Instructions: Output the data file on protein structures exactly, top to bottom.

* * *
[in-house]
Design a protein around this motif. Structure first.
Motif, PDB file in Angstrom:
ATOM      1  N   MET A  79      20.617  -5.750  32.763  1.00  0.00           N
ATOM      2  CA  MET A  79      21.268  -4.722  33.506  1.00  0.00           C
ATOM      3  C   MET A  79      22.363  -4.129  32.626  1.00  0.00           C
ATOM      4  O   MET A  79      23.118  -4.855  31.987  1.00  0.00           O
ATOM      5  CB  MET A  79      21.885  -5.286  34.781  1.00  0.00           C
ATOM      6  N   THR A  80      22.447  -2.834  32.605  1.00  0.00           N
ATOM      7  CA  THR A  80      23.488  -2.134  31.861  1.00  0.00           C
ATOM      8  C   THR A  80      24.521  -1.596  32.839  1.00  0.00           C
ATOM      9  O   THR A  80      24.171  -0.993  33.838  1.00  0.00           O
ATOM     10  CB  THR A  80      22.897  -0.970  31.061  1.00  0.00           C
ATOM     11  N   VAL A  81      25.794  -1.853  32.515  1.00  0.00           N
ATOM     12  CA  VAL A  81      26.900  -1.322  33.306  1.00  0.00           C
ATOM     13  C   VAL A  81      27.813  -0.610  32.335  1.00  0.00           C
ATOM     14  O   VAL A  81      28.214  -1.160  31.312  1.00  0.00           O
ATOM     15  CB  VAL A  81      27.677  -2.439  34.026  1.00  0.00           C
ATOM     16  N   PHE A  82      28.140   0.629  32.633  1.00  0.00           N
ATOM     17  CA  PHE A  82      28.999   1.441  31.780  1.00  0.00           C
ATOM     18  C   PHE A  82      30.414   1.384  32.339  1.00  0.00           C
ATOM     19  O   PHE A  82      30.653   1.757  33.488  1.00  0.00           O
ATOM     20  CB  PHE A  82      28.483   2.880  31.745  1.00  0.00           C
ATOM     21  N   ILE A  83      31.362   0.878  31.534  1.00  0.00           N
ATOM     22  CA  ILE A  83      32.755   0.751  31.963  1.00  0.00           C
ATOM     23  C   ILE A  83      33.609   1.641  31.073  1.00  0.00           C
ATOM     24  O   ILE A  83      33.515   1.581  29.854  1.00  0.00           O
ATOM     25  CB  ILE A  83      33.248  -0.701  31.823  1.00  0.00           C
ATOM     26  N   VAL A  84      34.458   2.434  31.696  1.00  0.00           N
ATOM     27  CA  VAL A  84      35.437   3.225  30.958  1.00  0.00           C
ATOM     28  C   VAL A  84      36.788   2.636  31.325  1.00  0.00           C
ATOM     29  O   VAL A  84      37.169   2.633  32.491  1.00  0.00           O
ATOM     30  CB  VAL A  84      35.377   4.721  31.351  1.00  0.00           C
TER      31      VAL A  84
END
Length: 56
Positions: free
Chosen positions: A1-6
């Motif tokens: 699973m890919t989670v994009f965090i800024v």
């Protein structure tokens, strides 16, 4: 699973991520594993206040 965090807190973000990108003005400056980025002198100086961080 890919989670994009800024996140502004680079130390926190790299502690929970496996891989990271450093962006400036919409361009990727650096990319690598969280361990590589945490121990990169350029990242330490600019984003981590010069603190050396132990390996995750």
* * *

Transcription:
[in-house]
Design a protein around this motif. Structure first.
Motif, PDB file in Angstrom:
ATOM      1  N   MET A  79      20.617  -5.750  32.763  1.00  0.00           N
ATOM      2  CA  MET A  79      21.268  -4.722  33.506  1.00  0.00           C
ATOM      3  C   MET A  79      22.363  -4.129  32.626  1.00  0.00           C
ATOM      4  O   MET A  79      23.118  -4.855  31.987  1.00  0.00           O
ATOM      5  CB  MET A  79      21.885  -5.286  34.781  1.00  0.00           C
ATOM      6  N   THR A  80      22.447  -2.834  32.605  1.00  0.00           N
ATOM      7  CA  THR A  80      23.488  -2.134  31.861  1.00  0.00           C
ATOM      8  C   THR A  80      24.521  -1.596  32.839  1.00  0.00           C
ATOM      9  O   THR A  80      24.171  -0.993  33.838  1.00  0.00           O
ATOM     10  CB  THR A  80      22.897  -0.970  31.061  1.00  0.00           C
ATOM     11  N   VAL A  81      25.794  -1.853  32.515  1.00  0.00           N
ATOM     12  CA  VAL A  81      26.900  -1.322  33.306  1.00  0.00           C
ATOM     13  C   VAL A  81      27.813  -0.610  32.335  1.00  0.00           C
ATOM     14  O   VAL A  81      28.214  -1.160  31.312  1.00  0.00           O
ATOM     15  CB  VAL A  81      27.677  -2.439  34.026  1.00  0.00           C
ATOM     16  N   PHE A  82      28.140   0.629  32.633  1.00  0.00           N
ATOM     17  CA  PHE A  82      28.999   1.441  31.780  1.00  0.00           C
ATOM     18  C   PHE A  82      30.414   1.384  32.339  1.00  0.00           C
ATOM     19  O   PHE A  82      30.653   1.757  33.488  1.00  0.00           O
ATOM     20  CB  PHE A  82      28.483   2.880  31.745  1.00  0.00           C
ATOM     21  N   ILE A  83      31.362   0.878  31.534  1.00  0.00           N
ATOM     22  CA  ILE A  83      32.755   0.751  31.963  1.00  0.00           C
ATOM     23  C   ILE A  83      33.609   1.641  31.073  1.00  0.00           C
ATOM     24  O   ILE A  83      33.515   1.581  29.854  1.00  0.00           O
ATOM     25  CB  ILE A  83      33.248  -0.701  31.823  1.00  0.00           C
ATOM     26  N   VAL A  84      34.458   2.434  31.696  1.00  0.00           N
ATOM     27  CA  VAL A  84      35.437   3.225  30.958  1.00  0.00           C
ATOM     28  C   VAL A  84      36.788   2.636  31.325  1.00  0.00           C
ATOM     29  O   VAL A  84      37.169   2.633  32.491  1.00  0.00           O
ATOM     30  CB  VAL A  84      35.377   4.721  31.351  1.00  0.00           C
TER      31      VAL A  84
END
Length: 56
Positions: free
Chosen positions: A1-6
């Motif tokens: 699973m890919t989670v994009f965090i800024v």
């Protein structure tokens, strides 16, 4: 699973991520594993206040 965090807190973000990108003005400056980025002198100086961080 890919989670994009800024996140502004680079130390926190790299502690929970496996891989990271450093962006400036919409361009990727650096990319690598969280361990590589945490121990990169350029990242330490600019984003981590010069603190050396132990390996995750």